That you could remake almost the entire movie with clips from the classic movies is bad, but could be overlooked if you really want to. But the script is so godawful that the entire pacing and tension of the movie is just plain shit. The music was adequate. But for something like Star Wars, adequate constitutes a failure. However, I did like the new protagonists. While I don’t feel like seeing this movie a second time, I do really want to see the next one. Just to see more of those two and if their stories go anywhere.

But even considering that, when it comes to my Yay or Nay rating, I have to give this movie a Nay. It’s not an ordeal to sit through (if you can get it in normal and not in 3D) and it does show some promise for future films, but it’s nothing you have to see. The script is so bad you should have no problem at all starting with the next one. There isn’t anything here that you’d need to know for the future. So maybe it’s more like a Meh than a Nay. 2 stars out of 5. C-. 65%. It’s better than Episode 1 and 2, but worse than 4. I don’t know if it’s slightly better than 3 or slightly worse, but everything considered they are probably quite even.

Tales of the Jedi – Review

This was originally posted on Spriggan’s Den on 6th February 2016.

Star Wars: Tales of the Jedi is a comic series that was published by Dark Horse from 1993 to 1998 with a total of 35 issues. This was only two years after the Thrawn Series by Timothy Zahn had kickstarted the Expanded Universe as we know it now, placing it pretty early in the history of Star Wars tales. The series was created by Tom Veitch, who had written the Dark Empire comic series a year earlier (which I consider the greatest travisty of the Star Wars universe after the Holiday Special), but he was joined by Kevin Anderson in 1994, who had just released his Jedi Academy novel series (which also has a pretty poor reputation among fans) and became the sole writer for the series a year later.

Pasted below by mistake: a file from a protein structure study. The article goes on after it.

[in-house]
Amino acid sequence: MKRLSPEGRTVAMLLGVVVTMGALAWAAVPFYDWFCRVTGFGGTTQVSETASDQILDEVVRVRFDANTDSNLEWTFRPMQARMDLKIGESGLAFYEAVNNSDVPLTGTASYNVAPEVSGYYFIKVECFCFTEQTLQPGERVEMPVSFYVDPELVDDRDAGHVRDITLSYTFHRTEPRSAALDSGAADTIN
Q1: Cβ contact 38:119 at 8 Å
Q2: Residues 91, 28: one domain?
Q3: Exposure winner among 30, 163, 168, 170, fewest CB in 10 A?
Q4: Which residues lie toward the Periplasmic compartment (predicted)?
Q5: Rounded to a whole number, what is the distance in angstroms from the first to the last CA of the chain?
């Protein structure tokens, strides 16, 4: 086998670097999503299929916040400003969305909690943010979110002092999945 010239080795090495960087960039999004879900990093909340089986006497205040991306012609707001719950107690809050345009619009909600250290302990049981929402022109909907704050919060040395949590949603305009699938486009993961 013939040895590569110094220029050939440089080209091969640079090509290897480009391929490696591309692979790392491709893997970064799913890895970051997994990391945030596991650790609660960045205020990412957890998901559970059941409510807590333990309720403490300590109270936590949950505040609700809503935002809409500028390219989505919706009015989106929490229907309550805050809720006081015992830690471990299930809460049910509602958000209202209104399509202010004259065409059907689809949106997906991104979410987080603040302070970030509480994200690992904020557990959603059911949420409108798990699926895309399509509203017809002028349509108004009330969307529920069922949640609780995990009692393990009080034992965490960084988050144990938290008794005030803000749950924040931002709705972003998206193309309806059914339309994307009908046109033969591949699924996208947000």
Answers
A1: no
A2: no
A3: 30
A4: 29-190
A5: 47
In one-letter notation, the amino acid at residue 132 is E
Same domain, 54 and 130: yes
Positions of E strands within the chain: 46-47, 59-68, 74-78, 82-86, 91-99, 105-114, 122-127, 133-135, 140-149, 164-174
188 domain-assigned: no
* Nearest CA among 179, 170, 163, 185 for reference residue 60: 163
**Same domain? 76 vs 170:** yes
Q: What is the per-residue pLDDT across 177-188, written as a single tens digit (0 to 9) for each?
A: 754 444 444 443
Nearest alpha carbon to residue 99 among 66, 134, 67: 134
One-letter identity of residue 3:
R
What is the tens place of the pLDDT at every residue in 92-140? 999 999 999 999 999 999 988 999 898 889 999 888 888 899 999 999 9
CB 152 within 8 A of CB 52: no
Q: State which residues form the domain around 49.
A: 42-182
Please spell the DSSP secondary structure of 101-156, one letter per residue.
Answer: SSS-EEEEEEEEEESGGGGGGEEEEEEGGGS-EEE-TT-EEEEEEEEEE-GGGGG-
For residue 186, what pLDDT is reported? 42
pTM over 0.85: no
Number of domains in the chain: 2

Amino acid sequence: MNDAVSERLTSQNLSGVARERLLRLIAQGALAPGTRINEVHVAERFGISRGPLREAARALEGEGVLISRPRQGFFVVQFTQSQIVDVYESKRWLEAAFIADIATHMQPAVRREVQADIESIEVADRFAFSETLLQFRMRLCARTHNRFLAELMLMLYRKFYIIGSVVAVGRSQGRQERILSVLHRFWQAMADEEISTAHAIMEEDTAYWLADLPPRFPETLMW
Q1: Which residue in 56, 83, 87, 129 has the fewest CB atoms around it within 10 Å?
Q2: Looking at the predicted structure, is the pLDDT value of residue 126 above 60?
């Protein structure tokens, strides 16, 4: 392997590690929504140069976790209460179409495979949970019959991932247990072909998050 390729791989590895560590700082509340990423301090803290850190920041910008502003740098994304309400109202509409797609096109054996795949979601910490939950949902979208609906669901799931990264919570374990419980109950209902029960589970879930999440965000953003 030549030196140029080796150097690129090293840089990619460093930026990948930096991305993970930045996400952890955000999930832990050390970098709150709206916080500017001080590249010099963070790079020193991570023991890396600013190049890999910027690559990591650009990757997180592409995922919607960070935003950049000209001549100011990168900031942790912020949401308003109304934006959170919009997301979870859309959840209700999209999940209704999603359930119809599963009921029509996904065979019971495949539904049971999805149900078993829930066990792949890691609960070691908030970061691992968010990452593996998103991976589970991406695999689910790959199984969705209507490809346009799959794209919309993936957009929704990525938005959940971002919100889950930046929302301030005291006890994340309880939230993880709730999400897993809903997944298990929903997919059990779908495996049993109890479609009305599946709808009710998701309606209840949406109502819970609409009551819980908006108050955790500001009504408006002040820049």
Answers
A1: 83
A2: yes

The Tales of the Jedi are set 4,000 years before the movies, in a time when the Republic was still smaller, the galaxy less explored, and the Jedi much more numerous. The first three story arcs, written by Veitch, (and giving us the now popular title “Knights of the Old Republic”) follow the adventures of the young Jedi Ulic Qel-Droma and his brother Cay and their fellow knight Tott Doneeta, who are send to the planet Onderon to help the government of the capital city end a war with the tribes living in the surounding jungles. They discover the spirit of the Dark Jedi Freedon Nadd manipulating the events on the planet, facing the three Jedi with a much bigger threat than they anticipated. As the crisis escalates, Ulic’s path crosses with the newly trained Jedi Nomi Sunrider, who has an exceptional talent for the Battle Meditation technique, which allows a single Jedi to coordinate the efforts of an entire army and making her extremely valuable.

Once Kevin Anderson joined as second writer, he introduces Exar Kun, a character from his Jedi Academy novels, whose spirit is trying to turn Luke’s Jedi students on Yavin 4 to the Dark Side. Exar Kun is unhappy with his master not trusting him to learn about the dangerous powers of the Dark Side and so sets out to learn more about them on his own. A path that very much mirrors that of Anakin Skywalker in the movies that were made a few years later. Exar Kun gets corrupted by the still not fully destroyed spirit of Freedon Nadd who leads him to the ancient Sith tombs of Korriban, where he once more unearthes the ancient secrets of the Sith. At the same time Ulic Qel-Droma is trying to infiltrate the leadership of a new Sith cult called the Krath who also have been guided by Freedon Nadd and establishing their own galactic power by allying with the Mandalorians and become a major threat to the Republic. Halfway through the arc, after the Dark Lords of the Sith series, Veitch left as a writer, leaving the field entirely to Anderson with the Sith War series.